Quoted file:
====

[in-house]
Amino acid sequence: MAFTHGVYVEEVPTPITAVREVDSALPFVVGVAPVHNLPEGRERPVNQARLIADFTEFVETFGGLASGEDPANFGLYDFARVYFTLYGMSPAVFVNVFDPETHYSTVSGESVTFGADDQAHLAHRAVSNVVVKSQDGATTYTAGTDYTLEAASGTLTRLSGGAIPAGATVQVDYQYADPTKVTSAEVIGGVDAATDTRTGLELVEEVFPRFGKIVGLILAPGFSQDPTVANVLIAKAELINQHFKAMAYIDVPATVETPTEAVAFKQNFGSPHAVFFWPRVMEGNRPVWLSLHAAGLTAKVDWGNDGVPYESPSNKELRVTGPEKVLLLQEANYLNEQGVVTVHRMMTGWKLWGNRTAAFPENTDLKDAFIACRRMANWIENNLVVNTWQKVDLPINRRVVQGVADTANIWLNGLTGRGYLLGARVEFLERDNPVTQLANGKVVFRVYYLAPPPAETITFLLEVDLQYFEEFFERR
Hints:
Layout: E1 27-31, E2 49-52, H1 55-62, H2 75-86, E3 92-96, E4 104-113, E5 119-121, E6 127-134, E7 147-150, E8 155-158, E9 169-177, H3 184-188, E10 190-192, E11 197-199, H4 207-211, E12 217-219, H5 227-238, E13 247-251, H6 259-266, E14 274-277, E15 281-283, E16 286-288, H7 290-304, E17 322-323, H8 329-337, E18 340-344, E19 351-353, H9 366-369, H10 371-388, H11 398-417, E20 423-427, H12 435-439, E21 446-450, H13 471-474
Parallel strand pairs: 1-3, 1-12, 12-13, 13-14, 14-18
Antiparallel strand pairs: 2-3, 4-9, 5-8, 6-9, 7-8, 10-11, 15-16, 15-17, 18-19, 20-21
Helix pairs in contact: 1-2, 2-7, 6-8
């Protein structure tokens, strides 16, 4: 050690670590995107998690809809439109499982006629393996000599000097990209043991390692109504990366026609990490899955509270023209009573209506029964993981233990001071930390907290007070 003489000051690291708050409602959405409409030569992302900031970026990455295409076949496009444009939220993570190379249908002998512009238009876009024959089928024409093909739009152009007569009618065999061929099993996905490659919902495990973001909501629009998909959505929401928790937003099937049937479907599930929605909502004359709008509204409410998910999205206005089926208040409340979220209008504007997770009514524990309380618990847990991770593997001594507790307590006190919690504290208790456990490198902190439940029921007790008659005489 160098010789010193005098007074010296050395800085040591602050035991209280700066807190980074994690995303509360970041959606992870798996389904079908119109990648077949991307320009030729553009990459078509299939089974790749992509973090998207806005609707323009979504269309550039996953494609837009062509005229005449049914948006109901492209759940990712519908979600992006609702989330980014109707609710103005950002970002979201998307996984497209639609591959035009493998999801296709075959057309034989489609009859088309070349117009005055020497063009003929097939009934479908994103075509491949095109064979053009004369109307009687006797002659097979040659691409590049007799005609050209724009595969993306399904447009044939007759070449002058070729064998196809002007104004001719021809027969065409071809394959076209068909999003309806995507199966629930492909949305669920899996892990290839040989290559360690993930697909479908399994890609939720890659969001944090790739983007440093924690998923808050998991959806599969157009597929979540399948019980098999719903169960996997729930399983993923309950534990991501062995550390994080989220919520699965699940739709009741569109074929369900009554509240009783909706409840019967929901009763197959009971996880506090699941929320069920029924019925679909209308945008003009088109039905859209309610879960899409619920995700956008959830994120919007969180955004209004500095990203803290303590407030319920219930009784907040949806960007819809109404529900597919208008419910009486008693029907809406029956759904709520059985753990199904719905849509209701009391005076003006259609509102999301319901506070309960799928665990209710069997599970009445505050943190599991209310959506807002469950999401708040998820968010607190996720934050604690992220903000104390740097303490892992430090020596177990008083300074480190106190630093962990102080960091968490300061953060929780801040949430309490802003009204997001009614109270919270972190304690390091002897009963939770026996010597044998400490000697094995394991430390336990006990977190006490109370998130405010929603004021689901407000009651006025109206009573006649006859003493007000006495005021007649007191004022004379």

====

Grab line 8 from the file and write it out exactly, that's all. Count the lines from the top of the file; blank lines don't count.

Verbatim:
């Protein structure tokens, strides 16, 4: 050690670590995107998690809809439109499982006629393996000599000097990209043991390692109504990366026609990490899955509270023209009573209506029964993981233990001071930390907290007070 003489000051690291708050409602959405409409030569992302900031970026990455295409076949496009444009939220993570190379249908002998512009238009876009024959089928024409093909739009152009007569009618065999061929099993996905490659919902495990973001909501629009998909959505929401928790937003099937049937479907599930929605909502004359709008509204409410998910999205206005089926208040409340979220209008504007997770009514524990309380618990847990991770593997001594507790307590006190919690504290208790456990490198902190439940029921007790008659005489 160098010789010193005098007074010296050395800085040591602050035991209280700066807190980074994690995303509360970041959606992870798996389904079908119109990648077949991307320009030729553009990459078509299939089974790749992509973090998207806005609707323009979504269309550039996953494609837009062509005229005449049914948006109901492209759940990712519908979600992006609702989330980014109707609710103005950002970002979201998307996984497209639609591959035009493998999801296709075959057309034989489609009859088309070349117009005055020497063009003929097939009934479908994103075509491949095109064979053009004369109307009687006797002659097979040659691409590049007799005609050209724009595969993306399904447009044939007759070449002058070729064998196809002007104004001719021809027969065409071809394959076209068909999003309806995507199966629930492909949305669920899996892990290839040989290559360690993930697909479908399994890609939720890659969001944090790739983007440093924690998923808050998991959806599969157009597929979540399948019980098999719903169960996997729930399983993923309950534990991501062995550390994080989220919520699965699940739709009741569109074929369900009554509240009783909706409840019967929901009763197959009971996880506090699941929320069920029924019925679909209308945008003009088109039905859209309610879960899409619920995700956008959830994120919007969180955004209004500095990203803290303590407030319920219930009784907040949806960007819809109404529900597919208008419910009486008693029907809406029956759904709520059985753990199904719905849509209701009391005076003006259609509102999301319901506070309960799928665990209710069997599970009445505050943190599991209310959506807002469950999401708040998820968010607190996720934050604690992220903000104390740097303490892992430090020596177990008083300074480190106190630093962990102080960091968490300061953060929780801040949430309490802003009204997001009614109270919270972190304690390091002897009963939770026996010597044998400490000697094995394991430390336990006990977190006490109370998130405010929603004021689901407000009651006025109206009573006649006859003493007000006495005021007649007191004022004379």